“Innovations like our PayPass contactless payments technology, combined with the global strength of our brand and ability to provide our customers with leading-edge processing services and industry expertise continue to resonate around the world,” said MasterCard Chief Operating Officer Alan Heuer. MasterCard's strong performance in 2005 was fueled by growth in both credit and debit programs. GDV for worldwide credit and charge programs grew 9.2 percent to more than $1.3 trillion, while GDV for offline debit programs rose 23.6 percent to $347.3 billion.
'Debit-Card Fees Mask Bank-Sponsored Scheme,' Warns WayTooHigh.com -- The Credit Card Interchange Report
Hidden interchange fees on debit-cards impact retailers and consumers
Irvine, CA (February 3, 2006) -- While debit-cards instantly deduct funds from a consumer’s bank accounts, retailers face predatory schemes by Visa and MasterCard which charge merchant interchange fees well above competitive levels. Even though the transaction fees are nearly ten-times less for debit cards, where customers enter their PIN (personal identification number), the banks are using their market power to force retailers to unwittingly accept those higher-cost, signature-verified debit cards.
Most retailers, especially small businesses are unaware of steep costs when accepting some debit-cards. On occasion, the assumed flat rate interchange fee of $0.50 - $0.75 cents may be riddled with substantially higher, electronically substituted costs. Instead, merchants might be forced to pay a percent of the sale -- averaging 1.70% in the U.S. or higher, based on a myriad of conditions. "This $25 billion annual interchange cost is not just a hidden tax on consumers, but also on merchants who often have no clue what they were charged.
This well-protected scheme by Visa and MasterCard even redirects debit-card fees to supracompetitive levels," explained Mitch Goldstone.
As lead plaintiff and class-representative, Goldstone, along with Carl Berman, also co-edit WayTooHigh.com -- The Credit Card Interchange Report [http://www.WayTooHigh.com which provides international daily updates on the antitrust litigation alleging that Visa, MasterCard, Bank of America, Citibank, Bank One, Chase Manhattan Bank, J.P. Morgan, Chase, Fleet Bank, Capital One, and other banks engage in illegal, collusive practices by setting interchange fees. A recent article from WayTooHigh.com -- The Credit Card Interchange Report noted the "Payment of Choice" slogan seems to benefit Visa and MasterCard rather than merchants and consumers.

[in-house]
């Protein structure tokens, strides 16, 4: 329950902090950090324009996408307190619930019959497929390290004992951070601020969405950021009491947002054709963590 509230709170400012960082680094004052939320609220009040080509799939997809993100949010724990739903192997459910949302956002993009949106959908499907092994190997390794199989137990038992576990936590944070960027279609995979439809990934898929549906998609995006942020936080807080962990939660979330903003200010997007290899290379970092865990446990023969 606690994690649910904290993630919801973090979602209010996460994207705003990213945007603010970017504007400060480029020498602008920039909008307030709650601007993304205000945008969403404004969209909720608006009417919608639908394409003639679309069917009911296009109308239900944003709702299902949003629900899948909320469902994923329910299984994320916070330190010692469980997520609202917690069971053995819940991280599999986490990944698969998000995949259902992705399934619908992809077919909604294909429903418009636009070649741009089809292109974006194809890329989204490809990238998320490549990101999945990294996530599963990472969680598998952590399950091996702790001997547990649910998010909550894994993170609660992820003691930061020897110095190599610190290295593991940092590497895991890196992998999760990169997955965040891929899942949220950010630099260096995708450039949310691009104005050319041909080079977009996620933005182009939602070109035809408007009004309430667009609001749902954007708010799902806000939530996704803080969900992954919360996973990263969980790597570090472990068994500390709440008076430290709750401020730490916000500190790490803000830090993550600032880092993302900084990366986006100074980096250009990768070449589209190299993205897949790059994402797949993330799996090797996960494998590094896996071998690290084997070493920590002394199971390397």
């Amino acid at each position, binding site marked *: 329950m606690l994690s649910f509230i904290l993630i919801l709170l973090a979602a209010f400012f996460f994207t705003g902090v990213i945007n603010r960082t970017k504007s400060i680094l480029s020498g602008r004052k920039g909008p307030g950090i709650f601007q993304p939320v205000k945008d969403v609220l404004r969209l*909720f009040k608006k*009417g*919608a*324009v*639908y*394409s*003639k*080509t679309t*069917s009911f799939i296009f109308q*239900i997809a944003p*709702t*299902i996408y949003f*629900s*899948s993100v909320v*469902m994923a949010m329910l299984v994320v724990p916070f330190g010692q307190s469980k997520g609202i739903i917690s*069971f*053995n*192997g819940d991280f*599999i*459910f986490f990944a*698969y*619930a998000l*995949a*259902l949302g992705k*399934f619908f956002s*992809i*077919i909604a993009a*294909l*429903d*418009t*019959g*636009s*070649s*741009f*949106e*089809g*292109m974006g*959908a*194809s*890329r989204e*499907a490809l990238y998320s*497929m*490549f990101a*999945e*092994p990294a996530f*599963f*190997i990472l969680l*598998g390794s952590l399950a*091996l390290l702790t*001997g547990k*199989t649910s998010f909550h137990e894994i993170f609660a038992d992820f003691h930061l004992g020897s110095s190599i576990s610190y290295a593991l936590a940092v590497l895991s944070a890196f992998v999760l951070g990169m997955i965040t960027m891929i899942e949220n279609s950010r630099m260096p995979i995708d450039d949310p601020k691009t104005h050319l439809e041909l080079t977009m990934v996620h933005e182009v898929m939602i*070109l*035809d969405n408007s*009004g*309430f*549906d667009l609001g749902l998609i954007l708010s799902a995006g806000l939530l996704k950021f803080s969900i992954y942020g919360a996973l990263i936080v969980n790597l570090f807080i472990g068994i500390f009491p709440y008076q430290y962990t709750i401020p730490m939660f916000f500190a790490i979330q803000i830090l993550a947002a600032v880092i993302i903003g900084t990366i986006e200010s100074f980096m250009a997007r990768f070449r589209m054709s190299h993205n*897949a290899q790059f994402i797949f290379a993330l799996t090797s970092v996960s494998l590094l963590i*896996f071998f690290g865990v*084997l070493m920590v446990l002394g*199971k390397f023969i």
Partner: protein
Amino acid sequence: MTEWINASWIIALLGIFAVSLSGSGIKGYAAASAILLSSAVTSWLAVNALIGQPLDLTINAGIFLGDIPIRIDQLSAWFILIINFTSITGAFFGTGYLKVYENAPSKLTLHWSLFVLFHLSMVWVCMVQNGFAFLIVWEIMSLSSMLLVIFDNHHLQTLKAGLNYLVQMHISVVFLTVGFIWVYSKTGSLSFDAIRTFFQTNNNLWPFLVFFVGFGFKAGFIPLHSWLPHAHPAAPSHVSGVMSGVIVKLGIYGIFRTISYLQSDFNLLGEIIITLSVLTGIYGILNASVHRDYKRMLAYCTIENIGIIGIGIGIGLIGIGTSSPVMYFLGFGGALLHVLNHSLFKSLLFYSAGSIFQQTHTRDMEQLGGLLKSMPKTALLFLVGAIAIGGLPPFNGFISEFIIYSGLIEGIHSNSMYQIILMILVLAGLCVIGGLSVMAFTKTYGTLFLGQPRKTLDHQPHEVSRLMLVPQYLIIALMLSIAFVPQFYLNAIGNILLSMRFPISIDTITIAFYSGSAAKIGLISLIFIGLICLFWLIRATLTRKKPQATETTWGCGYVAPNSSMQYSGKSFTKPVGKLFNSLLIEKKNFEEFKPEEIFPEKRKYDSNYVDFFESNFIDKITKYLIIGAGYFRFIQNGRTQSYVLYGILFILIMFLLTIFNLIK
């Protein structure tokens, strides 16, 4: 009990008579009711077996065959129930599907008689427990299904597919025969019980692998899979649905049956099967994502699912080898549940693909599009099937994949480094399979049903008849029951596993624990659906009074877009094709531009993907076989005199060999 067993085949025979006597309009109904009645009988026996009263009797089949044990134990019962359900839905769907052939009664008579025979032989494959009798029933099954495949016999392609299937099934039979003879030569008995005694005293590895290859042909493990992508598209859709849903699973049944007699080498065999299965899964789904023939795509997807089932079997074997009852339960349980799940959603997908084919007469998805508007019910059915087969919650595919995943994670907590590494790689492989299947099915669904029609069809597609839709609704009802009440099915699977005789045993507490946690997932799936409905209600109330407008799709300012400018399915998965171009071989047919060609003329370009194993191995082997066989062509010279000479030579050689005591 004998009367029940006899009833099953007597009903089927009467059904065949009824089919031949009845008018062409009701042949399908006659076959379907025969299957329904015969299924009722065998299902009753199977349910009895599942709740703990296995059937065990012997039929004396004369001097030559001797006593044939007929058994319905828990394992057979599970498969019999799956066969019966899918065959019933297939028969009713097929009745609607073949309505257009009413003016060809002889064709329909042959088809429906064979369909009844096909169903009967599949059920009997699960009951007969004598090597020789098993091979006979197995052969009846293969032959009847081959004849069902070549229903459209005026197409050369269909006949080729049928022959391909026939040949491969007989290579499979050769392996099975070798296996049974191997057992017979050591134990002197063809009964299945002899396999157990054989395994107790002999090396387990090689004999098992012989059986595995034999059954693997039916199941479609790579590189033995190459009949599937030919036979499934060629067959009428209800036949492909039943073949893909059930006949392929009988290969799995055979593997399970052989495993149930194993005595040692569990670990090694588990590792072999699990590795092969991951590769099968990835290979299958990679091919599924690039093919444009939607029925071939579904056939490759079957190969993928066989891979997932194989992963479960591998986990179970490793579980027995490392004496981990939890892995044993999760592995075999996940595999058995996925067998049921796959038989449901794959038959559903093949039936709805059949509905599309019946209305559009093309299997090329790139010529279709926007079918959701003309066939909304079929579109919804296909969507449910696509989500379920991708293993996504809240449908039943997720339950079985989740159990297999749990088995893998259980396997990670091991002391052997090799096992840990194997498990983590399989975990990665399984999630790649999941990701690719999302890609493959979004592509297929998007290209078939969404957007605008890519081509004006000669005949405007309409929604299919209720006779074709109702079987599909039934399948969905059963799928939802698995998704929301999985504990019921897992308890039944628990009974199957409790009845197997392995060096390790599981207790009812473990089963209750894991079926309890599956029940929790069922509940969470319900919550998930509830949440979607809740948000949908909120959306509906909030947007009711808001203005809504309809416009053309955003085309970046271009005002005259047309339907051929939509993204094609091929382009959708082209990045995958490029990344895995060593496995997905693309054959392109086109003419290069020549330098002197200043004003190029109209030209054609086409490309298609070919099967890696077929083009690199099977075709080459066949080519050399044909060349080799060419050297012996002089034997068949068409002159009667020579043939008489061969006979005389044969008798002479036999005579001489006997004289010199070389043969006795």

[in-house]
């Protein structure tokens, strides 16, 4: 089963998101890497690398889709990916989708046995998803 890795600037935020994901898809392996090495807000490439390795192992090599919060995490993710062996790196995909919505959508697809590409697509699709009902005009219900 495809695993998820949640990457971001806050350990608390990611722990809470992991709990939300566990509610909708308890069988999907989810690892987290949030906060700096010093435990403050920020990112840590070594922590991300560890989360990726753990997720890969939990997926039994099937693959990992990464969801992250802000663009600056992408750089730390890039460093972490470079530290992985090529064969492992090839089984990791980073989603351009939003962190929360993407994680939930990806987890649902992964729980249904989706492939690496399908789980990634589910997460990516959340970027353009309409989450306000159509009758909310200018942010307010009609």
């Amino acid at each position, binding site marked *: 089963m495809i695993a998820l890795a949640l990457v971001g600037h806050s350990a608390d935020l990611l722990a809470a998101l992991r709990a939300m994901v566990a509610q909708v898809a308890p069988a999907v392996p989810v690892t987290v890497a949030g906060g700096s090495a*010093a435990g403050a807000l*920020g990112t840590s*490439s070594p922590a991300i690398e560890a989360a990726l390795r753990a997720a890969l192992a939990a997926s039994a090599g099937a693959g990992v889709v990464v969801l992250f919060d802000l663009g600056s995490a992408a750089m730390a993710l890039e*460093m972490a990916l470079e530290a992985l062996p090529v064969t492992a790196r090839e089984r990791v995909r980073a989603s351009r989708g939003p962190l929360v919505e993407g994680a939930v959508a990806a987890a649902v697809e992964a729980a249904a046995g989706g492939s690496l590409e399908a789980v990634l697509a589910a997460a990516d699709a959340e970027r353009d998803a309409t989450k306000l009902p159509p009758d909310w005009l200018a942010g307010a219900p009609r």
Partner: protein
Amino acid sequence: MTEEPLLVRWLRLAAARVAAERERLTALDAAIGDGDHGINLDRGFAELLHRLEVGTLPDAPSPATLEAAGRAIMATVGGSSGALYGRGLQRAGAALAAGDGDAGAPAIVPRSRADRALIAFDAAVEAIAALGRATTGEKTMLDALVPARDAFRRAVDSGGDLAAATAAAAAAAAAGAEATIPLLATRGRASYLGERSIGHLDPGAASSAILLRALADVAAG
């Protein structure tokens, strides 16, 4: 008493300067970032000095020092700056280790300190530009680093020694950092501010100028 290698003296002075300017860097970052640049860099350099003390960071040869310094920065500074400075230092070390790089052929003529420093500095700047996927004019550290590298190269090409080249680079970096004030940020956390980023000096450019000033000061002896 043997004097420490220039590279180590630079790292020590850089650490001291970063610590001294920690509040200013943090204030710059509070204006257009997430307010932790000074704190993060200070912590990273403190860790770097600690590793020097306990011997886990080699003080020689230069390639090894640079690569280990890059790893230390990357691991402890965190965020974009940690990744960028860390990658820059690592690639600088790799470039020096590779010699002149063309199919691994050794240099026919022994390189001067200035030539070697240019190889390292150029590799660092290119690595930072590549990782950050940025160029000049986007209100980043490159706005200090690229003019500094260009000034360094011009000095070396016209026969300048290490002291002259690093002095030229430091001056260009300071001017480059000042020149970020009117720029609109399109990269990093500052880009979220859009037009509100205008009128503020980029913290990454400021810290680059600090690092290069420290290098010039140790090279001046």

As a retail and Ecommerce merchant, Goldstone explained "when consumers present his company with Visa or MasterCard-branded debit-cards, and when the transaction is processed for PIN authorization, it might not be completed. However, if merchants swipe the debit-card through their electronic terminals, the transaction will be successfully completed at credit-card rates. The reason: debit-card issuing banks may impose a daily limit on some PIN-based transactions, even if the bank balance is greater than the limit." While banks promote debit-cards as a smart way to budget money -- you cannot spend what you do not have -- the benefactor seems to be Visa and MasterCard.
Here is why:
1) To personalize what he calls "a bank-sponsored scheme," Goldstone profiled a customer experience who used their debit-card at his Irvine, CA-based company, 30 Minute Photos Etc. The nearly $400 customer transaction was declined due to a daily $300 card limit; however, the issuing bank explained that funds were available. For larger transactions, the banks' market power may require non-debit card processing. In the above case, the bank representative requested that the card be transacted as a Visa charge-card. It was then successfully processed with funds instantly deducted from the customer’s bank account. Also, rather than paying a merchant interchange fee of under a dollar, the merchant charge was nearly ten-dollars -- even though processing the transaction as a debit-card with PIN-based authorization was more secure.
2) Another recent example involved a rechargeable MasterCard debit-card. The customer did not know their PIN number and explained that none was provided. Therefore, rather than a flat interchange fee, 30 Minute Photos Etc. was forced to swipe the card as a charge card and although the full amount was instantly deducted from the cards pre-paid value, the merchant interchange fee was charged at the higher percent-of-sale rate.
These incidents mark just one of the more than two-hundred separate commentary and news postings available at WayTooHigh.com - The Credit Card Interchange Report. Narratives on Visa and MasterCard’s unbridled greed are updated daily.
As well-known entrepreneurs and leaders in this battle - joined by millions of businesses and consumers against the banks - Goldstone and Berman are intent to educate merchants and consumers about these hundreds-of-billions of dollars in what they claim are generated from illegal price-fixing. Goldstone explained that "Visa and MasterCard remain nearly silent on the interchange wars even though it is shaping up as the most consequential and economically important financial news story of 2006.
MasterCard's general counsel, Noah J. Hanft, remains cloaked deep within corporate walls cemented shut from the realities of honest facts. My opinion is that Mr. Hanft is the one who is misguided, protecting an illegal fiefdom and being paid by financial institutions which are not `pro' but, anti-competitive."